In this example the UNI and service translation SAPs are configured in the data VPLS represented by the yellow circle. This instance and associated trunk SAPs were instantiated using the procedures described in the previous sections. The following configuration steps are involved:
As soon as the first UNI SAP becomes “active” in the data VPLS on the ES, the associated VLAN value is advertised by MVRP throughout the related M-VPLS context. As soon as the second UNI SAP becomes available on a different switch or in our example on the PBB BEB the MVRP proceeds to advertise the associated VLAN value throughout the same M-VPLS. The trunks that experience MVRP declaration and registration in both directions will become active instantiating service connectivity as represented by the big and small yellow circles depicted in the picture.
A hold-time parameter (config>service>vpls>mrp>mvrp>hold-time) is provided in the M-VPLS configuration to control when the end-station or last UNI SAP is considered active from an MVRP perspective. The hold-time controls the amount of MVRP advertisements generated on fast transitions of the end-station or UNI SAPs.
If the no hold-time setting is used:
If a non-zero “hold-time” setting is used:
Note that for QinQ endstation SAPs only “no hold-time” setting is allowed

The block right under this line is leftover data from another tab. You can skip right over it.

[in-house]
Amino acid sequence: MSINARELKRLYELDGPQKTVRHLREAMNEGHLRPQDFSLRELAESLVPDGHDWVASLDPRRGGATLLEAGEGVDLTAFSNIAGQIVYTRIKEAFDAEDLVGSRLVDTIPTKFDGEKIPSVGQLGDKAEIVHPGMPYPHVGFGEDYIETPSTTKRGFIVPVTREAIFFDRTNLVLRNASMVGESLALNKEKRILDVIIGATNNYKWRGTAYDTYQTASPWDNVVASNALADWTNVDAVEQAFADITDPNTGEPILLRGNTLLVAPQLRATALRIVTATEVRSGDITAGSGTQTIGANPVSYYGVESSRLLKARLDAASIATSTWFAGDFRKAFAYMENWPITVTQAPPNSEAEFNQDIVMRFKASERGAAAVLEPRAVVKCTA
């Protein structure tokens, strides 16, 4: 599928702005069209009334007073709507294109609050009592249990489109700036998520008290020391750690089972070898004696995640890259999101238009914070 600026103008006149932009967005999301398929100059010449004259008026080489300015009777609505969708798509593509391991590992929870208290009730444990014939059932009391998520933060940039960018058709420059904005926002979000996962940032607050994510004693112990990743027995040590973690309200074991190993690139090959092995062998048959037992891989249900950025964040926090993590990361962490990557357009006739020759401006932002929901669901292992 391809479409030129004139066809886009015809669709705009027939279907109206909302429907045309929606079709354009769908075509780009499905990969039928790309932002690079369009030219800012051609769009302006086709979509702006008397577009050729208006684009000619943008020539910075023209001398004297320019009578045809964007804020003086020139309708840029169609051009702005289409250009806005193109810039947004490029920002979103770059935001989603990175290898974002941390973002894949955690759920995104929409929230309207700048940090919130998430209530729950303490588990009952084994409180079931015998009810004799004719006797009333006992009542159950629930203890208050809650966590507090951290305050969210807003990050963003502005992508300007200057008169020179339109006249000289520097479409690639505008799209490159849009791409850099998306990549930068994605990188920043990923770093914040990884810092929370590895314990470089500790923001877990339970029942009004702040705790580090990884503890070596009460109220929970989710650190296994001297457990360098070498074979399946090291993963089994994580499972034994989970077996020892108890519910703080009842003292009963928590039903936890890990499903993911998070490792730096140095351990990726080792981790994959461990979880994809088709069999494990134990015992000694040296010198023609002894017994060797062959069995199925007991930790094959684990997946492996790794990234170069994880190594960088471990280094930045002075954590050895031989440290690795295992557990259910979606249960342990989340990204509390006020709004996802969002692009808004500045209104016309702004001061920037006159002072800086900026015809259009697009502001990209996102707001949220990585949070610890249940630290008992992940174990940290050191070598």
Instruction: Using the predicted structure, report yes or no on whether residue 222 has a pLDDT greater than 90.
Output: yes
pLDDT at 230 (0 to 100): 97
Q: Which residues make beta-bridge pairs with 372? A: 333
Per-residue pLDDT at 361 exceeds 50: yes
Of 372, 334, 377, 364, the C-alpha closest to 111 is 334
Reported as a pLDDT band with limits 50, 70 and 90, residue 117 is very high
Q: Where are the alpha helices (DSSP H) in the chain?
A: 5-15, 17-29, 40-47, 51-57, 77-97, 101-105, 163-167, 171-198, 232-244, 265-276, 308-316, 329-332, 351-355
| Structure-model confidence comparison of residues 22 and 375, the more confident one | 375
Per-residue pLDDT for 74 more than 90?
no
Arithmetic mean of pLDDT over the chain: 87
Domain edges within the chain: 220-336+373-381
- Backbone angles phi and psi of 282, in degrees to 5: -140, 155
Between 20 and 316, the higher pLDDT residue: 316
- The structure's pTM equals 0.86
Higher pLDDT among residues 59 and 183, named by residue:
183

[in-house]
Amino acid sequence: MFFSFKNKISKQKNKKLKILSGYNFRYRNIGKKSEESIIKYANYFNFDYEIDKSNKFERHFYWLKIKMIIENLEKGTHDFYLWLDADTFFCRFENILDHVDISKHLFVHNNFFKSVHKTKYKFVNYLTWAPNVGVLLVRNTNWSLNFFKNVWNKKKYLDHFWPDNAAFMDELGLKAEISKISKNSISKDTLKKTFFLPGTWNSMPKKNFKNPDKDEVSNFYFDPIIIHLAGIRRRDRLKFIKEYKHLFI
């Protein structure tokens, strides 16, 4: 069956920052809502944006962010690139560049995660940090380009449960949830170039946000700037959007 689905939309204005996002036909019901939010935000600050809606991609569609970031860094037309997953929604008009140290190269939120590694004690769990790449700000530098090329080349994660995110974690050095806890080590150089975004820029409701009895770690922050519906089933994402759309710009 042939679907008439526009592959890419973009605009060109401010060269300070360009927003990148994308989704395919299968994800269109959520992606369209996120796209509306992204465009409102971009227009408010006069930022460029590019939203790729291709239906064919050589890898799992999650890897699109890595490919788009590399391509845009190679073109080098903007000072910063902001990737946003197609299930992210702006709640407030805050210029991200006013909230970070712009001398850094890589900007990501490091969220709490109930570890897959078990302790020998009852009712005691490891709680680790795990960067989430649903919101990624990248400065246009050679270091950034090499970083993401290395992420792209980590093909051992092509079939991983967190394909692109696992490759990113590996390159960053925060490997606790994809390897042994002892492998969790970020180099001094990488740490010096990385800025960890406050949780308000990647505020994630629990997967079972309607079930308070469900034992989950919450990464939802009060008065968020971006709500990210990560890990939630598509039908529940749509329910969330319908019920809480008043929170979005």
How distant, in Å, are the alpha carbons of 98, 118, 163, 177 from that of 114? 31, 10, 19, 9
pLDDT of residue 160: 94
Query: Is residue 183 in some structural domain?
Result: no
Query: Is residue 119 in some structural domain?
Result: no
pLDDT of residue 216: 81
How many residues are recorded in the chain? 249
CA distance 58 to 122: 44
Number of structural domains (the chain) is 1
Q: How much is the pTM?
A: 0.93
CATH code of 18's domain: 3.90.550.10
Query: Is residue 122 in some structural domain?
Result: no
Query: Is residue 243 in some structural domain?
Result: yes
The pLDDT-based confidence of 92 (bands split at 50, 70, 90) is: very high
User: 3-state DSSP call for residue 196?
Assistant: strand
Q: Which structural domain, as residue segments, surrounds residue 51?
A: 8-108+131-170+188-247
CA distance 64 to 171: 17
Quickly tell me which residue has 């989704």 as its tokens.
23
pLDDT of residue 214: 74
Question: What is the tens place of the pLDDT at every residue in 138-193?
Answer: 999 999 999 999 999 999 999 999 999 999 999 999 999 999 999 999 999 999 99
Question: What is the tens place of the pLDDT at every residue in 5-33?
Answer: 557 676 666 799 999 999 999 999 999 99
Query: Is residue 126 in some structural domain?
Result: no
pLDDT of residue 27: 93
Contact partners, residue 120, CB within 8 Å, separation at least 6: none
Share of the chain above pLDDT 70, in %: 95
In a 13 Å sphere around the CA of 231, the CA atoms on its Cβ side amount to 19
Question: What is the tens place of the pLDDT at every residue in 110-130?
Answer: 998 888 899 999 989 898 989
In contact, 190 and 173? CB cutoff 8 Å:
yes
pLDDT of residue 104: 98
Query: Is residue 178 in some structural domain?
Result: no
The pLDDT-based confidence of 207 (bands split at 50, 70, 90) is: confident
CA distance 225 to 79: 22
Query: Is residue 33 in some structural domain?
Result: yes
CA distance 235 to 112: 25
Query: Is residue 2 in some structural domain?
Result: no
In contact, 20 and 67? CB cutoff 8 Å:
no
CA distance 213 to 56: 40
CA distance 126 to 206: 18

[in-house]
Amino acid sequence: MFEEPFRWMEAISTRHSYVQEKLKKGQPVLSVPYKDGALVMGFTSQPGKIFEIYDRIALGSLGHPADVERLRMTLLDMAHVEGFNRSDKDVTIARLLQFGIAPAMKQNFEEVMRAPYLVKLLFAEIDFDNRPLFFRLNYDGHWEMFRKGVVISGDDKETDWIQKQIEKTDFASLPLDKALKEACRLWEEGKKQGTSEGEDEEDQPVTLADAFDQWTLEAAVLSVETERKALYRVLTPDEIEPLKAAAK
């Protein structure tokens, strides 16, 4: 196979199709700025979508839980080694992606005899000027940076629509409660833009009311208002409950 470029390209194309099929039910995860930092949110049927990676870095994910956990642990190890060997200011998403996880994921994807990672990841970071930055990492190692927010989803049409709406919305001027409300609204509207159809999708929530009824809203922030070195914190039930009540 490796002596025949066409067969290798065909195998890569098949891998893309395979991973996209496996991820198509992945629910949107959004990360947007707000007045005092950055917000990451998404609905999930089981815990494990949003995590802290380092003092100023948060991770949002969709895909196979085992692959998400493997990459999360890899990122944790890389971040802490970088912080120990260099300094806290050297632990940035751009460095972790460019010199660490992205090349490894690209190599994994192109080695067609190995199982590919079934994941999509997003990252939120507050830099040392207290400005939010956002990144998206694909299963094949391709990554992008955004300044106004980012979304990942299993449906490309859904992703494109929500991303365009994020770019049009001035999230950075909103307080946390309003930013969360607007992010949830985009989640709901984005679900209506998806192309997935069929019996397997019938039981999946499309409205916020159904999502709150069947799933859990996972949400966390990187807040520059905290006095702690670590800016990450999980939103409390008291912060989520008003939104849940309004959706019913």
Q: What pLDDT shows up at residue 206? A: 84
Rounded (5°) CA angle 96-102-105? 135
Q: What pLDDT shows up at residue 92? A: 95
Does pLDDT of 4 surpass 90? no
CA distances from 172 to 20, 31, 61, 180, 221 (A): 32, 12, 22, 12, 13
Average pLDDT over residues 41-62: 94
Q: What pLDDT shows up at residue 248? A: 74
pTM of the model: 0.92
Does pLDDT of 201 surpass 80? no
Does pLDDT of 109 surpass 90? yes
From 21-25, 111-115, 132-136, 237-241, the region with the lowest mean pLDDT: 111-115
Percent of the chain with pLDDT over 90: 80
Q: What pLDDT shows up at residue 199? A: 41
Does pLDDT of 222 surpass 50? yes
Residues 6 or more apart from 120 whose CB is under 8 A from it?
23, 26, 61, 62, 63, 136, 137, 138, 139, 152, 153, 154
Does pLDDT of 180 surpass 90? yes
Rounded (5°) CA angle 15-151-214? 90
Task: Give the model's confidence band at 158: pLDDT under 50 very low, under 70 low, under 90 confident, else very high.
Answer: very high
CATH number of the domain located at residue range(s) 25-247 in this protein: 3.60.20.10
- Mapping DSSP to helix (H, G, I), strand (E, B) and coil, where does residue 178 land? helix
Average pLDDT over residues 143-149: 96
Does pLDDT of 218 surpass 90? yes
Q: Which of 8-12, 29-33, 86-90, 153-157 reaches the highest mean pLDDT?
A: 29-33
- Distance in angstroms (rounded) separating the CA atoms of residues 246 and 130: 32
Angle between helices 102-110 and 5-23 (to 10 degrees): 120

Only the following PBB Epipe and I-VPLS SAP types are eligible to activate MVRP declarations:
An example of steps required to activate service connectivity for VLAN 100 using MVRP follows.
In the data VPLS instance (VLAN 100) controlled by MVRP, on the QinQ switch:
MVRP Control Plane
MVRP is based on the IEEE 802.1ak MRP specification where STP is the supported method to be used for loop avoidance in a native Ethernet environment. M-VPLS and associated MSTP (or P-MSTP) control plane provides the loop avoidance component in Alcatel-lucent implementation. Alcatel-Lucent MVRP may be used also in a non- MSTP, loop free topology.
STP-MVRP Interaction
The following table captures the expected interaction between STP (MSTP or P-MSTP) and MVRP:
Interaction Between MVRP and Instantiated SAP Status
This section describes how MVRP reacts to changes in the instantiated SAP status.
There are a number of mechanisms that may generate operational or admin down status for the SAPs and VPLS instances controlled by MVRP:
Note that the shutdown of the whole instantiated VPLS or instantiated SAPs is disabled in both VPLS and VPLS SAP templates. The no shutdown option is automatically configured.
In the port down case MVRP will also be operationally down on the port so no VLAN declaration will take place.